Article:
365.2425 days in a year, a number reached by playing around with arithmetic based on lunar movement. Entirely arbitrary and rather arrogant, given how often mankind has been incorrect in its assumptions throughout history. Remember when the Earth was flat? Of course not. During your lifetime, you’ve been taught otherwise. Let alone the fact that the life of Jesus Christ is intertwined with the structure of the calendar. So when someone tells you that January 1st is approaching, there is an unspoken inference that you believe in Jesus as a prophet and lunar cycles as an accurate measurement of time. That is one hell of an assumption.

Magritte's "The Son Of Man"
Magritte’s “The Son Of Man”

So in any good story, there will always be a protagonist and a villain, with some kind of conflict. Man vs. man. Man vs. nature. Man vs. society. Man vs. the supernatural. Man vs. technology. But by far the most interesting (and least understood) is man vs. himself. It is here where the battle lines are not clearly drawn and the heroes and villains are not always well-defined and in direct opposition. Here, man must reconcile his desires and temptations, to arrive at some kind of peace with himself and his decisions. It is in this hidden struggle where the New Year’s resolutions exist.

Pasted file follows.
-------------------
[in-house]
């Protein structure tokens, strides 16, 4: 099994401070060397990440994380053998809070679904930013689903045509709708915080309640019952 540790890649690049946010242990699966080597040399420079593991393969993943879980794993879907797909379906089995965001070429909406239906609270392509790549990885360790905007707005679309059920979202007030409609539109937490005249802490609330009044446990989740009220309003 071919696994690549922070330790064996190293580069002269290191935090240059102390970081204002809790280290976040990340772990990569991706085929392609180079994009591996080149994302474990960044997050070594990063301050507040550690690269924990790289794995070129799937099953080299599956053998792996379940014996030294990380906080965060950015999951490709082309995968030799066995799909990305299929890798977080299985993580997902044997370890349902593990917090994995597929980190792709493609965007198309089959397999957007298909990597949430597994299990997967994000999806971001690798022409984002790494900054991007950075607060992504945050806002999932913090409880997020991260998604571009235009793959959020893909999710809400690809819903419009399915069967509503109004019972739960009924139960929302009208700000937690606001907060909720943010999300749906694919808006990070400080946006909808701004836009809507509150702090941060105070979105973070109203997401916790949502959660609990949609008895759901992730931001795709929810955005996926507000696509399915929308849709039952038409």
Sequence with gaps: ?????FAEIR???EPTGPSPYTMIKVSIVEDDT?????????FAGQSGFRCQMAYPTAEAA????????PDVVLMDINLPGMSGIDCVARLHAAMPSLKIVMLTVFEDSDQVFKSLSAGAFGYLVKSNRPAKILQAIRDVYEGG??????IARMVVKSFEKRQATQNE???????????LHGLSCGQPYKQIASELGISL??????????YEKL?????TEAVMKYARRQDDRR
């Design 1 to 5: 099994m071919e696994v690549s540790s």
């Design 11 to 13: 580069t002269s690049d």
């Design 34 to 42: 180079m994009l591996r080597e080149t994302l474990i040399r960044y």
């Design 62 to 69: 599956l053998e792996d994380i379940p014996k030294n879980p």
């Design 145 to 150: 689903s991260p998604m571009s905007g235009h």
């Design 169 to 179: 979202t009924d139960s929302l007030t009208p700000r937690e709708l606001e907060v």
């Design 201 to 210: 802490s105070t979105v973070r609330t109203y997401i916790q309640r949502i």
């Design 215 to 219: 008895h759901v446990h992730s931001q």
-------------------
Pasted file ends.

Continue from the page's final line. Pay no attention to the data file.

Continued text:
All of us have our insecurities and perceived weaknesses. We struggle with our health, our finances, our personal relationships. So each January 1st, many of us resolve to address these problems head on and with intense focus. The problem, of course, is that most New Year’s resolutions fail. So what does that teach us about ourselves? That we are failures? That because of Jesus and lunar cycles and our lack of discipline, we are doomed to disappointment? Of course not. Each January 1st, we have another chance to start anew, to re-dedicate ourselves to self-improvement.